I eventually discovered books that were much more appealing for a middle school girl, and realized that, no, not all adult fantasy is BDSM elves (though nowadays I wouldn’t exactly complain if it were).

So if you are a teen, or an adult who wants to take a first dip into adult fantasy, here are some recommendations for books–new and old, popular and less-known–that blur the line between YA and adult, and may help make your transition a little less…traumatic.

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1. First Mistborn Trilogy by Brandon Sanderson

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Most of Sanderson’s work is accessible for younger audiences, in my opinion, but I think the first Mistborn trilogy serves as the best jumping-off point to the Cosmere universe. The series is chock full of great worldbuilding and one of the most dynamic magic systems out there, but the characters are what really sells the story. Vin’s struggles to find acceptance and love, amidst revolutions and wars and political turmoils, is one that anyone can easily empathize with. Her journey from unknown street urchin to hero will leave you fist-pumping and clinging to the edge of your seat.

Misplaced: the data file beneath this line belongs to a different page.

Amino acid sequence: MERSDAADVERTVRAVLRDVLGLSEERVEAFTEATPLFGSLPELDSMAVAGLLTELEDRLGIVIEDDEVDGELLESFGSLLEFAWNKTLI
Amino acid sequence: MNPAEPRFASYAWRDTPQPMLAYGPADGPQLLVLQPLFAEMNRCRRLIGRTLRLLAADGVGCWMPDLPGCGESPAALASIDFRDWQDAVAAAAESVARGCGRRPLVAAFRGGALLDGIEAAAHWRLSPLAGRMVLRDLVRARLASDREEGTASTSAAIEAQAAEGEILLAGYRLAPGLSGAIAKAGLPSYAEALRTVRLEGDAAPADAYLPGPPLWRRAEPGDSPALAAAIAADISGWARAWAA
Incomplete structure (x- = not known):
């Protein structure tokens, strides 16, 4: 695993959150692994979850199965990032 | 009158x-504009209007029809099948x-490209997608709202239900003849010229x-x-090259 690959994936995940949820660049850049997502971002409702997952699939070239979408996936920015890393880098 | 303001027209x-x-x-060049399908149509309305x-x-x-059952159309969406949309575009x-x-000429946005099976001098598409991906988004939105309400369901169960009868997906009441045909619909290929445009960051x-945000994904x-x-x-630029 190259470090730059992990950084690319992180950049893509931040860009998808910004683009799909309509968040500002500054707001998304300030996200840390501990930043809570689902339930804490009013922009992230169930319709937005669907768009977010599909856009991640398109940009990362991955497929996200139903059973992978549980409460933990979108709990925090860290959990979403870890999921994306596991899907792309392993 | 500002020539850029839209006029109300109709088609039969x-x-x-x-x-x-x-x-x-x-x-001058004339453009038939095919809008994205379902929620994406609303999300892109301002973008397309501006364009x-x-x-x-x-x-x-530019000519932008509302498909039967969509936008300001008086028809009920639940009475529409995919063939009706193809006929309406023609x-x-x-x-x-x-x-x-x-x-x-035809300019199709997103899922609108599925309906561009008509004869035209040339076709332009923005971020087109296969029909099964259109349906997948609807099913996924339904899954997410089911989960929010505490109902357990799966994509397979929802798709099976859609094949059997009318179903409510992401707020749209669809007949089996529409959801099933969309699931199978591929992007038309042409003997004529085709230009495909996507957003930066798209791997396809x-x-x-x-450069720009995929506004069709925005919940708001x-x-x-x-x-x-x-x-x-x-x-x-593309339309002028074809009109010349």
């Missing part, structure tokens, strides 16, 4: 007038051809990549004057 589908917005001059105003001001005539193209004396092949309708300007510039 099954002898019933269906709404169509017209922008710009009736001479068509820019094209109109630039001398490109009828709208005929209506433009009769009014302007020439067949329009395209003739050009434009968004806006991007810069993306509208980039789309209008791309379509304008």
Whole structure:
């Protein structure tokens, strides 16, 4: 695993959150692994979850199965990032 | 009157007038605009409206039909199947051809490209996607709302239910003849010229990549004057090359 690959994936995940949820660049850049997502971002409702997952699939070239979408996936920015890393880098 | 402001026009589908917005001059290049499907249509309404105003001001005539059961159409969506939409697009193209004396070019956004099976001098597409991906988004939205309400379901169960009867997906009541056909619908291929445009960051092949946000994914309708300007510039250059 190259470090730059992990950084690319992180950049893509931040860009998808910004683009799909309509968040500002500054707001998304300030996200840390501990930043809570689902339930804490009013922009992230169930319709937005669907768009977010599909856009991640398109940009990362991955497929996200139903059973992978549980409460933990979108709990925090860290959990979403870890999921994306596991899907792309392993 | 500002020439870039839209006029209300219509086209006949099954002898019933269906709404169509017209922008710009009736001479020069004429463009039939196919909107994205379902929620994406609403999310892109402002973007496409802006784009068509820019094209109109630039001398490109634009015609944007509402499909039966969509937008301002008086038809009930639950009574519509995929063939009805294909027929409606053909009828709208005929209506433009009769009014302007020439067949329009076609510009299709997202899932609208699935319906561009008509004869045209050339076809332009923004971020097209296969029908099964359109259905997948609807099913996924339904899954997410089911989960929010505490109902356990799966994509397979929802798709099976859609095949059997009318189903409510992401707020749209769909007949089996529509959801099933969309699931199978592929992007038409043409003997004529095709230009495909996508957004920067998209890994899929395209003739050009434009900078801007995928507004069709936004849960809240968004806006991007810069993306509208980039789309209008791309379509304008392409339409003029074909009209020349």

2. Daughter of the Forest by Juliet Marillier

Daughter of the Forest